This short BBC series of only 3 one hour long episodes show as the title suggests, the things we cant see with the human eye. This is presented in some wonderful graphics and real films with Richard Hammond of the Top Gear fame narrating along the way. It helps that he is enthusiastic about the material, the narration emphasises what you are about to see as opposed to you being dragged through the program with a boring guide.
The first episode comprises of things we cannot really observe well with the human mind because of the differences in time scales in which the event occurs, either super fast or super slow. Using hi-speed cameras catching hundreds of frames a second we are treated to some wonderful slow motion presentation of natural phenomena, from insects, to the fastest thing in the natural world, a fungal spore! We also get to see extremely slow things sped up to more observable speeds just as the Attenborough Life Documentary showed things like coral grow from start to finish using faster frame rates.
In the second episode the focus is on the light spectrum, and while we only perceive the visible spectrum through our eyes, there are several other spectrums to consider to gain a more holistic view of what is happening around us, ultraviolet and infrared are the two most prominently discussed here but attention is also given to the outer spectrums such as for space telescopes. The highlight here was learning about one of the weird effects experienced post cataract removal surgery concerning UV light filtering.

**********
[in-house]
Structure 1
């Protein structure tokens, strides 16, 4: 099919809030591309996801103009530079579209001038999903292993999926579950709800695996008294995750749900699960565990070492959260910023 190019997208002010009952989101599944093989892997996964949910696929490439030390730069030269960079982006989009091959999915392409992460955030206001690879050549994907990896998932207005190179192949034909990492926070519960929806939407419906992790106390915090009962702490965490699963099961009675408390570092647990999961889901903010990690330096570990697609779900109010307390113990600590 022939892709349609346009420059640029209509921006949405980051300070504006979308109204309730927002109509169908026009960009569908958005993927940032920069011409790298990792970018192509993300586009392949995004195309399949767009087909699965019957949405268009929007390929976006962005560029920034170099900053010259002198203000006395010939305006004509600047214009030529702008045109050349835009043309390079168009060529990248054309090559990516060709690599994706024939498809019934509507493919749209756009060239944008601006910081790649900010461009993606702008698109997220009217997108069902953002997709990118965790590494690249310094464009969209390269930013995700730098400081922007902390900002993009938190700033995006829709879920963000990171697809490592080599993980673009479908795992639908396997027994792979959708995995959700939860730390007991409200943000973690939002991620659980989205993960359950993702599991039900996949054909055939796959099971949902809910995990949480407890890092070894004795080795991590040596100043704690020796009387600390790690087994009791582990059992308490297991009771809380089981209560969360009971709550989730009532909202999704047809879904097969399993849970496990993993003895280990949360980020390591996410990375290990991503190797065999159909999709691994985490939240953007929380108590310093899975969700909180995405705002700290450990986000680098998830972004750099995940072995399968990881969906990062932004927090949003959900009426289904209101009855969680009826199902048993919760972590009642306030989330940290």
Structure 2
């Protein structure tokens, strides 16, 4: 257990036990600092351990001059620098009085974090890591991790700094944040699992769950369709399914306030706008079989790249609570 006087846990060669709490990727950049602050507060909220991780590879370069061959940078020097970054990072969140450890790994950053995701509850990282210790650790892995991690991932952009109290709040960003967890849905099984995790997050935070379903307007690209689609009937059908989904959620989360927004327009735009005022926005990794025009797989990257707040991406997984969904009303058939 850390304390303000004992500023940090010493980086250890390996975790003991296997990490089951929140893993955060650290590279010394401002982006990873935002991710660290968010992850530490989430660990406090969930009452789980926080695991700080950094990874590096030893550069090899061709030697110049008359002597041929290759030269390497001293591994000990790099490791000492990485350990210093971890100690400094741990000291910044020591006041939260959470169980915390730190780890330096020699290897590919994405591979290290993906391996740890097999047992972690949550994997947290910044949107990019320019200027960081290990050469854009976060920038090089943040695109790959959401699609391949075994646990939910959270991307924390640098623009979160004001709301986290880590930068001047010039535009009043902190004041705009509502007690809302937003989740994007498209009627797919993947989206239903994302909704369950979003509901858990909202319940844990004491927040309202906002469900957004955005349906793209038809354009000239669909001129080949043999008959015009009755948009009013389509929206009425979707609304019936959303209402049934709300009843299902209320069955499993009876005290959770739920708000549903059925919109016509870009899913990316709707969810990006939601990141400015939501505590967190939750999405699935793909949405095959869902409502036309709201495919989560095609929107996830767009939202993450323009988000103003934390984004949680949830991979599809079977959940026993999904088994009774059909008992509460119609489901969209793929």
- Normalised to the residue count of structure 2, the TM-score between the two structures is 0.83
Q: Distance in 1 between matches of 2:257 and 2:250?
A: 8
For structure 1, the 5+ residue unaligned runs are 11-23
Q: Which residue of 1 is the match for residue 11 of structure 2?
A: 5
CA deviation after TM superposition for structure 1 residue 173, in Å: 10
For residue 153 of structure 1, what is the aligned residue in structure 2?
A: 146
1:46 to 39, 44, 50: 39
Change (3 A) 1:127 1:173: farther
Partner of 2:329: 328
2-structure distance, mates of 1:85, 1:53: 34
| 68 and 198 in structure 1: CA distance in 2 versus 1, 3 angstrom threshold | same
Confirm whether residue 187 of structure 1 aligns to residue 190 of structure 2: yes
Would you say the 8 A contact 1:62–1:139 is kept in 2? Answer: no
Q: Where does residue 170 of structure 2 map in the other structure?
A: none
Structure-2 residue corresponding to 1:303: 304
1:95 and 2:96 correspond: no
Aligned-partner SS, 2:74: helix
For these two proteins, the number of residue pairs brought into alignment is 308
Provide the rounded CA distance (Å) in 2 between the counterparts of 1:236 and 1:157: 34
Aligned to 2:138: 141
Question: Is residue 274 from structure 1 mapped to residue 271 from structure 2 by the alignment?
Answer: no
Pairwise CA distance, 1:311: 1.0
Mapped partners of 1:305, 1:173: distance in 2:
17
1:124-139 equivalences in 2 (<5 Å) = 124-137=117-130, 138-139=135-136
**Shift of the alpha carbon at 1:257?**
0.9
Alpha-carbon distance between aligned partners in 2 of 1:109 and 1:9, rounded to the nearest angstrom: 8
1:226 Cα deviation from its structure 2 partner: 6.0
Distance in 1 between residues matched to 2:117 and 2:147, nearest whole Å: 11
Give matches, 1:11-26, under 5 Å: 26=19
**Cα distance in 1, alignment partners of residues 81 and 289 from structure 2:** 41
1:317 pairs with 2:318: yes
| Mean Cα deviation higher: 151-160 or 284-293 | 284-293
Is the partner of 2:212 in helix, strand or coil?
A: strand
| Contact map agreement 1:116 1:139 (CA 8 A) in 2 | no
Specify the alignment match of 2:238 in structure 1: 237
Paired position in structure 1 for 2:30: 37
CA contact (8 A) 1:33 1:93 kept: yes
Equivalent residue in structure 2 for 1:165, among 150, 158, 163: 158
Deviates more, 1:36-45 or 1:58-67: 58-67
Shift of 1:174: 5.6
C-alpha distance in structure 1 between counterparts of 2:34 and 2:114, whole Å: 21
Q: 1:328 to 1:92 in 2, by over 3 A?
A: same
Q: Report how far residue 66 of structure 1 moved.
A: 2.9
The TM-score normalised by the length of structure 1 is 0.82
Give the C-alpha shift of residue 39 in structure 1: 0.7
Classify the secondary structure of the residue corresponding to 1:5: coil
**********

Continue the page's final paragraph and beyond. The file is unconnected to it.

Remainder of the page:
The final episode centred around the very small that we could only see with microscopes and other even more precise imaging devices. Nanotechnology was given strong focus here and gave a glimpse of our recent new found abilities to tinker with things on the smallest scales, working in spaces only several atoms wide. What the refreshing punch line here was that we are still playing catch up with the natural world, the example given was the coating on a leaf being the source of inspiration for the modern generation of space suits to combat corrosive dust.
While many of the images and films are real captures, I got the impression there was a lot of CGI touch up done to backgrounds. Things like watching a sneeze in slow motion were CGI though the program seemed to generally indicate it was all filmed using the latest technology. This ultimately isn't a big problem as the presented touch ups only enhance further the principle we are trying to learn about.
My only other complaint might be that this high quality series was simply too short. While some episodes could have been split out, like the super fast and super slow, there are still further programs that would have been a nice addition. The Slow motion shots of many explosions could have formed its own episode and the natural kingdom kept in another. One episode about actually trying to make things invisible and the current work to attain cloaking devices and Stealth gear would have been a nice compliment to the rest of the series. Dark matter would also make an interesting candidate for something potentially invisible yet known about through deduction
If you have a general scientific, natural science or technological interest almost everything in this series will appeal to you. Even if not, there is plenty of picturesque imagery to appeal to everyone. Hopefully this series will have highlighted to viewers of all ages that what we see in front of us, with our limited ability eyes, only scratches the surface of what we can learn of any given environment.